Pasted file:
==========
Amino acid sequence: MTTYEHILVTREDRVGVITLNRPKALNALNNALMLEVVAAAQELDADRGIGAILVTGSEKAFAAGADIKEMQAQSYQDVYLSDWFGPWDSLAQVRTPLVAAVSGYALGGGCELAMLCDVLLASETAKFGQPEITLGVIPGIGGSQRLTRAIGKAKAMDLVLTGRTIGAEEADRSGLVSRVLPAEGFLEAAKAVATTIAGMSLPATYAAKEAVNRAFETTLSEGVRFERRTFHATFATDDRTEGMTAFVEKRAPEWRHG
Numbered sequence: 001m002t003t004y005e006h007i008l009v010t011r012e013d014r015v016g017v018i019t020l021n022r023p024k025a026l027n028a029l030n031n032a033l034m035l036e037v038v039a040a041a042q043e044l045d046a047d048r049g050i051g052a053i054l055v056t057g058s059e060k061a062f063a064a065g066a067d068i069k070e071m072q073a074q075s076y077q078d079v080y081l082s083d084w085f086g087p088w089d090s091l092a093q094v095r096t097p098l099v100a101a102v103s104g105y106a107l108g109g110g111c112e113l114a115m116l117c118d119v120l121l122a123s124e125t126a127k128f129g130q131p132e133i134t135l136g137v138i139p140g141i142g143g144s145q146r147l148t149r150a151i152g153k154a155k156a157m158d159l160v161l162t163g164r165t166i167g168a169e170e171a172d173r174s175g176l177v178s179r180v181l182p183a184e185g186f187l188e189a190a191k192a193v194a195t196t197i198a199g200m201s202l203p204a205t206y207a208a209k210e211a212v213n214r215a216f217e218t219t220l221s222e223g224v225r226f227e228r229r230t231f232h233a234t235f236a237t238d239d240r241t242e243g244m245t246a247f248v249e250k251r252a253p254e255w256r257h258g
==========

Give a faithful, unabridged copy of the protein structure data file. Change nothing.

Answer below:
Amino acid sequence: MTTYEHILVTREDRVGVITLNRPKALNALNNALMLEVVAAAQELDADRGIGAILVTGSEKAFAAGADIKEMQAQSYQDVYLSDWFGPWDSLAQVRTPLVAAVSGYALGGGCELAMLCDVLLASETAKFGQPEITLGVIPGIGGSQRLTRAIGKAKAMDLVLTGRTIGAEEADRSGLVSRVLPAEGFLEAAKAVATTIAGMSLPATYAAKEAVNRAFETTLSEGVRFERRTFHATFATDDRTEGMTAFVEKRAPEWRHG
Numbered sequence: 001m002t003t004y005e006h007i008l009v010t011r012e013d014r015v016g017v018i019t020l021n022r023p024k025a026l027n028a029l030n031n032a033l034m035l036e037v038v039a040a041a042q043e044l045d046a047d048r049g050i051g052a053i054l055v056t057g058s059e060k061a062f063a064a065g066a067d068i069k070e071m072q073a074q075s076y077q078d079v080y081l082s083d084w085f086g087p088w089d090s091l092a093q094v095r096t097p098l099v100a101a102v103s104g105y106a107l108g109g110g111c112e113l114a115m116l117c118d119v120l121l122a123s124e125t126a127k128f129g130q131p132e133i134t135l136g137v138i139p140g141i142g143g144s145q146r147l148t149r150a151i152g153k154a155k156a157m158d159l160v161l162t163g164r165t166i167g168a169e170e171a172d173r174s175g176l177v178s179r180v181l182p183a184e185g186f187l188e189a190a191k192a193v194a195t196t197i198a199g200m201s202l203p204a205t206y207a208a209k210e211a212v213n214r215a216f217e218t219t220l221s222e223g224v225r226f227e228r229r230t231f232h233a234t235f236a237t238d239d240r241t242e243g244m245t246a247f248v249e250k251r252a253p254e255w256r257h258g